National high adventure—The BSA operates national high-adventure bases and programs. With two locations in the Florida Keys, the Florida National High Adventure Sea Base offers a variety of aquatic and boating programs. The Northern Tier National High Adventure Program, based in northern Minnesota with two satellite bases in Canada, provides a variety of canoe treks and programs. Philmont Scout Ranch in the mountains of New Mexico provides excellent backpacking treks. Age requirements for these programs vary, but most programs are rugged and designed for older Scouts.

Unit high adventure—The highest level of challenge for a troop or team is to plan and carry out its own high-adventure experience. These activities for more experienced Scouts are planned and implemented by youth members with coaching from their adult leaders.

Are There Any Requirements To Join Your Organization?

  1. Meet the age requirements. Be a youth who is 11 years old, or one who has completed the fifth grade, or earned the Arrow of Light Award and is at least 10 years old, but is not yet 18 years old.
  2. Complete a Scouts BSA application and health history form signed by your parent or guardian.
  3. Repeat the Pledge of Allegiance.
  4. Demonstrate the Scout sign, salute, and handshake.
  5. Demonstrate tying the square knot (a joining knot).
  6. Understand and agree to live by the Scout Oath or Promise, Scout Law, motto, and slogan, and the Outdoor Code.
  7. Describe the Scout badge.
  8. Complete the pamphlet exercises. With your parent or guardian, complete the exercises in the pamphlet How to Protect Your Children From Child Abuse: A Parent’s Guide.
  9. Participate in a Scoutmaster conference.

Can I Sign Up For Volunteer Work?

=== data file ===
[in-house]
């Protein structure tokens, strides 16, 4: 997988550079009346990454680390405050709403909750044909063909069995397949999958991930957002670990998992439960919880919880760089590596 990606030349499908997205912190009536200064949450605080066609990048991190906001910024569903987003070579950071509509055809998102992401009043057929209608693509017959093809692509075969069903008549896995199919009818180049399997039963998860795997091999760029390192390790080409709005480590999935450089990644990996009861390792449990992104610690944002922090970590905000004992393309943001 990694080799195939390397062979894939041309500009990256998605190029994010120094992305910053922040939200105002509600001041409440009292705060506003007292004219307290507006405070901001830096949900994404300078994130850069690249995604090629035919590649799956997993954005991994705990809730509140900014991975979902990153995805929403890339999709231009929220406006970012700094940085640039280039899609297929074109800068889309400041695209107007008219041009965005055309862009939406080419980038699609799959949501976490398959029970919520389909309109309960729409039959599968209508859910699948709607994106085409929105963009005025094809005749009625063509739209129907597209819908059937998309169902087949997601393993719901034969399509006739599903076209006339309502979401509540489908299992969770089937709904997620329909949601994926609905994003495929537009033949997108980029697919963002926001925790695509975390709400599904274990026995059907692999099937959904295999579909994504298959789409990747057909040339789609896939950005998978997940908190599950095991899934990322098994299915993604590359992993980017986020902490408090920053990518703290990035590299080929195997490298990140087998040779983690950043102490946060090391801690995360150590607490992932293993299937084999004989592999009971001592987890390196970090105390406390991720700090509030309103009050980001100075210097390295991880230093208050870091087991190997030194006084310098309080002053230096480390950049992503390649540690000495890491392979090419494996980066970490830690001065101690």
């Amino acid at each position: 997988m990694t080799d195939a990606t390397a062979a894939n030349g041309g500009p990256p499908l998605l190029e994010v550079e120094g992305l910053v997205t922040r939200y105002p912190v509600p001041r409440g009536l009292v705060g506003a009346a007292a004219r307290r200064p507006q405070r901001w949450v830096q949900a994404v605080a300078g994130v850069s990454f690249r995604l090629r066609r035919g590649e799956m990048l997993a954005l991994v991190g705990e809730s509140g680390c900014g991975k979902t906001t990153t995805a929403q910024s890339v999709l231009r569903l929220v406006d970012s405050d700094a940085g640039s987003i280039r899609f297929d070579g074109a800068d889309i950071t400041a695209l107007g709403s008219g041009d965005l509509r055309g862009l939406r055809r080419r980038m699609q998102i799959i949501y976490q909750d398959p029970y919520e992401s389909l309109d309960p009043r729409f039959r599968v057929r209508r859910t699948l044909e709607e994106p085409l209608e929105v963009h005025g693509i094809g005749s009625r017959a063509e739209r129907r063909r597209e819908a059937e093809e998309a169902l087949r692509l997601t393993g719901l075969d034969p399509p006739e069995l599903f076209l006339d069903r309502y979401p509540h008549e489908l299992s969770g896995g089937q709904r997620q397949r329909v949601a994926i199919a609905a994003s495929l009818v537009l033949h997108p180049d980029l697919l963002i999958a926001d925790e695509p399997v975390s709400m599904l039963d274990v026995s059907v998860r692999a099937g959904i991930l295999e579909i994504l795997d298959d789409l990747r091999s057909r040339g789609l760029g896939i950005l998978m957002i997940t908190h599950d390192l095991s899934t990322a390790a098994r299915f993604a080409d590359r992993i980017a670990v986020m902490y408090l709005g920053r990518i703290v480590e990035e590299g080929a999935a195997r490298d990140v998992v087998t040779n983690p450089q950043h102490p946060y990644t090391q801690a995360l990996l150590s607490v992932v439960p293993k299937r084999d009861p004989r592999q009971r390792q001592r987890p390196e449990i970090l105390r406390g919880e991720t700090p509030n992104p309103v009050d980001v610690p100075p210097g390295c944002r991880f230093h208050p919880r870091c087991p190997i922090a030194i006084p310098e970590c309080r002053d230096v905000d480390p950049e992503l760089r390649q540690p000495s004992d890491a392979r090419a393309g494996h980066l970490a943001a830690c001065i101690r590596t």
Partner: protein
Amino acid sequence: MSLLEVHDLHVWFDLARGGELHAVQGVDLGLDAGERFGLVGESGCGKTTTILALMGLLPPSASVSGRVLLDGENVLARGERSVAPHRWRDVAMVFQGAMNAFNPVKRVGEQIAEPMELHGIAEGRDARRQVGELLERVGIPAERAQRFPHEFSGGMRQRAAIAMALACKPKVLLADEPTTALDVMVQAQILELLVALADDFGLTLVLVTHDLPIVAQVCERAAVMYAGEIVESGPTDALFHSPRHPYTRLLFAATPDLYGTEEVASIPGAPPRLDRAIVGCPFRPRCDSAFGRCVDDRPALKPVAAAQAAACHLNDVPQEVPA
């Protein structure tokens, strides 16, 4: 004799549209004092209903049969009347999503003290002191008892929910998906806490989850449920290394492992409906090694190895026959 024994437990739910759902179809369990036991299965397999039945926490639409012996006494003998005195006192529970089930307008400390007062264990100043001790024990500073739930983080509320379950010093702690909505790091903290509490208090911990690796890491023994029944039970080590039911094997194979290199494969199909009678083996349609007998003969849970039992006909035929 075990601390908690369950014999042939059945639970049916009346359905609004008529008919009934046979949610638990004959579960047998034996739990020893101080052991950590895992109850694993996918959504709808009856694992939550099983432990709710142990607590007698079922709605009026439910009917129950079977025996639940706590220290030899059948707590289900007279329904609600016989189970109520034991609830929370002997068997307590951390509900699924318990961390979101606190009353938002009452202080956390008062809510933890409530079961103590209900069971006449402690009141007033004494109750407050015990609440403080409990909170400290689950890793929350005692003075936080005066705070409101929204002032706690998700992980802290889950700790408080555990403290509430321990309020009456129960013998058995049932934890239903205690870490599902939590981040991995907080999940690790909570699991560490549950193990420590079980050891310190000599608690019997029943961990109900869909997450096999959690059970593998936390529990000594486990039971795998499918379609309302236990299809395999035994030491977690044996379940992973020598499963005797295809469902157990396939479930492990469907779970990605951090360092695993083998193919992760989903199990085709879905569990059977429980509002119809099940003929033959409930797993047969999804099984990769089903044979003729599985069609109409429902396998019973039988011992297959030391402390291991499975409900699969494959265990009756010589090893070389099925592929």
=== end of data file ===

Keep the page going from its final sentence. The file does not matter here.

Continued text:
Volunteers are accepted and are required to meet the standards of the Boy Scouts of America.  Typically, there is required training, a background check and the completion of Youth Protection Training.  The local charter organization must also approve of the volunteer.  All parents are expected to volunteer in some capacity.

How often does the Troop meet?

The Troop meets most Mondays throughout the school year from 7:00pm – 9:00pm.

  • 7:00 p.m. – 7:30 p.m. – Scouts meet to obtain book signatures indicating completion of requirements for their rank. Specialized sessions such as Scoutmaster conferences, Board of Reviews, or Merit Badge Counseling may occur. Sometimes a patrol will have a rehearsal to practice a flag ceremony, or practice presentations for upcoming events.
  • 7:30 p.m. – 9:00 p.m. – Normal Troop activities, such as planning camping trips or events and learning skills occur. During this time, a formal meeting opening and closing take place.

Any Scout holding a Den Chief leadership position is required to attend Cub Scout meetings at 6:30 p.m.

What Is The Proper Dress Code?

Importance of the Uniform

The uniform identifies the Scout as someone special and helps achieve the objectives of Scouting. The uniform by itself can’t make a good Scout or a good Troop; but its use will improve both the Scout and the Troop because it is a visible sign of Scouting.  The uniform should not be worn during Troop Fundraising events that are not sponsored by the District or Council.